WantChinaTimes.com

Knowing China through Taiwan

  • Saturday, October 25, 2014
  • RSS

Bad debt surfacing with slower Chinese economy: Shang Fulin

  • Staff Reporter
  • 2013-04-24
  • 10:27 (GMT+8)
A solar panel factory. (File photo/Xinhua)

A solar panel factory. (File photo/Xinhua)

The bad debts of China's commercial banks has climbed for the sixth consecutive month, reaching 524.3 billion yuan (US$84.8 billion) as of the end of March. China Securities Regulatory Commission chief Shang Fulin said bad debt and hidden risks would multiply as the Chinese economy slows down.

The amount of the debt has been creeping upward since the fourth quarter of 2011. It continued to set record highs at 22.4 billion yuan (US$3.6 billion) in Q3 of 2012 and 33.9 billion yuan (US$5.4 billion) in Q1 of this year, according to the Shanghai-based First Financial Daily.

Debt issues have, however, been steadily handled over the past ten years as most state-owned banks reduced their non-performing assets before going public and were able to ride the ensuing wave of economic growth.

Most bad debt generated in 2012 came from the steel, photovoltaic, and shipbuilding industries. At least 209 lawsuits involving 23 banks were filed against steel traders in Shanghai over the past month alone. The commission has been aware of the problem since last year and ordered financial institutions to prevent steel traders from using financial instruments to obtain huge loans.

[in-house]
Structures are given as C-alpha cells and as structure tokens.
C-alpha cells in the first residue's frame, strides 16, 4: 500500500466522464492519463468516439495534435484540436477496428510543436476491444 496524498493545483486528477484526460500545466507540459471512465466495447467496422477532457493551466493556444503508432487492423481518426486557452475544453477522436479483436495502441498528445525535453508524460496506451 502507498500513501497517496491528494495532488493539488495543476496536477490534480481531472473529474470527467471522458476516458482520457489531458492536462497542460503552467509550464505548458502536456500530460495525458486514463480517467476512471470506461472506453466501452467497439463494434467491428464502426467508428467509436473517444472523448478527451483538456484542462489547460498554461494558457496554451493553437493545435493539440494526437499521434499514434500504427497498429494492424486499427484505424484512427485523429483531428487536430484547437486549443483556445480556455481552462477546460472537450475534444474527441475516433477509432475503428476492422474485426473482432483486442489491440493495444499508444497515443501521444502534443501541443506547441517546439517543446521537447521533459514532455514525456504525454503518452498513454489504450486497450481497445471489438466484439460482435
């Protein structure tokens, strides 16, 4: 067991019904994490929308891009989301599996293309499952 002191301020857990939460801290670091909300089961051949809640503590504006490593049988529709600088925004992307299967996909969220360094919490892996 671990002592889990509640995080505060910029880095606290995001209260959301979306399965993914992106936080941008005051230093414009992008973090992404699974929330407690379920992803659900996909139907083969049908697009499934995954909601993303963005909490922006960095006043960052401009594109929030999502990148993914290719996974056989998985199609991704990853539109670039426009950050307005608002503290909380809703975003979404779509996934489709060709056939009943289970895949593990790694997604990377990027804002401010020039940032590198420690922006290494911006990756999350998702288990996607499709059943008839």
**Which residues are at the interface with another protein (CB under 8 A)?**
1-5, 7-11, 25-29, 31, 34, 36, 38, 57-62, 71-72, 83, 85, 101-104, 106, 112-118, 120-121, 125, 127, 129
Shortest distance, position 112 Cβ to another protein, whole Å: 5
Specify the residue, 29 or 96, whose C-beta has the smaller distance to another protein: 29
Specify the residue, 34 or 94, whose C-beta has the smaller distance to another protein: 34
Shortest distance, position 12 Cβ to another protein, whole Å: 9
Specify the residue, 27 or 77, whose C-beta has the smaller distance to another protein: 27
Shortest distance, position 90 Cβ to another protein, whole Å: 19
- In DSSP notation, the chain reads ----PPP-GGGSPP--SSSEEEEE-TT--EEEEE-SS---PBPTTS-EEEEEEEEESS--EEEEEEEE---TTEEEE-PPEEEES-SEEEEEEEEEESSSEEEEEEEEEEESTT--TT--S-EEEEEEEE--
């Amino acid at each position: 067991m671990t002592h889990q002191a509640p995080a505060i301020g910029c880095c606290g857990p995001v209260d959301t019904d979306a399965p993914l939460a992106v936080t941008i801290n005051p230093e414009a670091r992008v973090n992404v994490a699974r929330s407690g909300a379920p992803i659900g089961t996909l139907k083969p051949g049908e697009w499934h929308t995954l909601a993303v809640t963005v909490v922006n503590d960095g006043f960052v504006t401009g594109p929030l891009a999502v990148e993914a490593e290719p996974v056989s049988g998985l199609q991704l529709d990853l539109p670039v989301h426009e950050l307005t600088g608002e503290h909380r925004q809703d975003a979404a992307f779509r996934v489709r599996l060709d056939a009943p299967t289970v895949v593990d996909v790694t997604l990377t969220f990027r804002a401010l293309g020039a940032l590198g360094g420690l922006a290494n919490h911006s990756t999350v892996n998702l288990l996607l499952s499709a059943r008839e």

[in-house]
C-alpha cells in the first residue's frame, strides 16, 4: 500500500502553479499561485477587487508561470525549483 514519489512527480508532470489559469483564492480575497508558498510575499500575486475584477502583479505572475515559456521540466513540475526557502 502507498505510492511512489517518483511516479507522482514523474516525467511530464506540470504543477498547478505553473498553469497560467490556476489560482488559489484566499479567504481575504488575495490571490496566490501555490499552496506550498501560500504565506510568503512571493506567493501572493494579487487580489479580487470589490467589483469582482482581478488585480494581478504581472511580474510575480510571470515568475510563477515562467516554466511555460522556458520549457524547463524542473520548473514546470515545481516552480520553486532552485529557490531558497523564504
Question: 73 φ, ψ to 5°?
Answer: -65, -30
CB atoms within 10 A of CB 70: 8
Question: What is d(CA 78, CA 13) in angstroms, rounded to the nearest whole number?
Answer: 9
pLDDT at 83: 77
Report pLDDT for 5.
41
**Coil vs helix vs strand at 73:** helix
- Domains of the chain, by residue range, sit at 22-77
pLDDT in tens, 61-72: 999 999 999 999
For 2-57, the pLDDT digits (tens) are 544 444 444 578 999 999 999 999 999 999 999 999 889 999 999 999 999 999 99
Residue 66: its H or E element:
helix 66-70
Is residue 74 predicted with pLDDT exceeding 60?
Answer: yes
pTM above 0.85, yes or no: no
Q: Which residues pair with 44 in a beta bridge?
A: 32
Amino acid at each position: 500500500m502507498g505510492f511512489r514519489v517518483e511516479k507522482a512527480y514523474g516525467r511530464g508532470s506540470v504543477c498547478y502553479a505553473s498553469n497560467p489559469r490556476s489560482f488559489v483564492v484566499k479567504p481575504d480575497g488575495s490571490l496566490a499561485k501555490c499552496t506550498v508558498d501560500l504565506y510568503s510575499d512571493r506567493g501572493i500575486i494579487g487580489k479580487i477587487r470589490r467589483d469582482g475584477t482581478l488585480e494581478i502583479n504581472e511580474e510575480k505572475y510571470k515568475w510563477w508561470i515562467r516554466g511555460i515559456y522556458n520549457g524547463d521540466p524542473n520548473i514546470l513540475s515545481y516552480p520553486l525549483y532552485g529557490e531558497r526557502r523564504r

The debt issue was also pronounced in the solar energy sector, which has seen huge losses and failed enterprises. Suntech Power, China's leading PV manufacturing giant and the world's largest solar panel maker, declared bankruptcy in mid-March. It owed more than 7.1 billion yuan (US$1.1 billion) in loans to nine banks in total as of the end of February.

The shipbuilding sector has received less attention but many firms have been suffering from weak foreign demand and overcapacity and have gone bankrupt or undergone restructuring, according to the Shanghai-based First Financial Daily.

Shang said the real problem is bad debt that banks hide by various means such as reloans and restructuring in order to pass the commission's examinations. The priority of the commission is to require banks to identify bad debt and report the quality of assets accurately. Loans overdue by more than 90 days and the amount of bad debt have both increased since the second quarter of last year, according to a source familiar with the issue, suggesting that banks have not been reporting the quality of their loans accurately.

 

 

References:

Shang Fulin  尚福林

Who's Who

  • Hu Huaibang (胡懷邦)

    Hu Huaibang (胡懷邦)

    Hu Huaibang is commissioner of disciplinary inspection at the China Banking Regulatory Commission. He was educated at Jilin University and in 1999 ...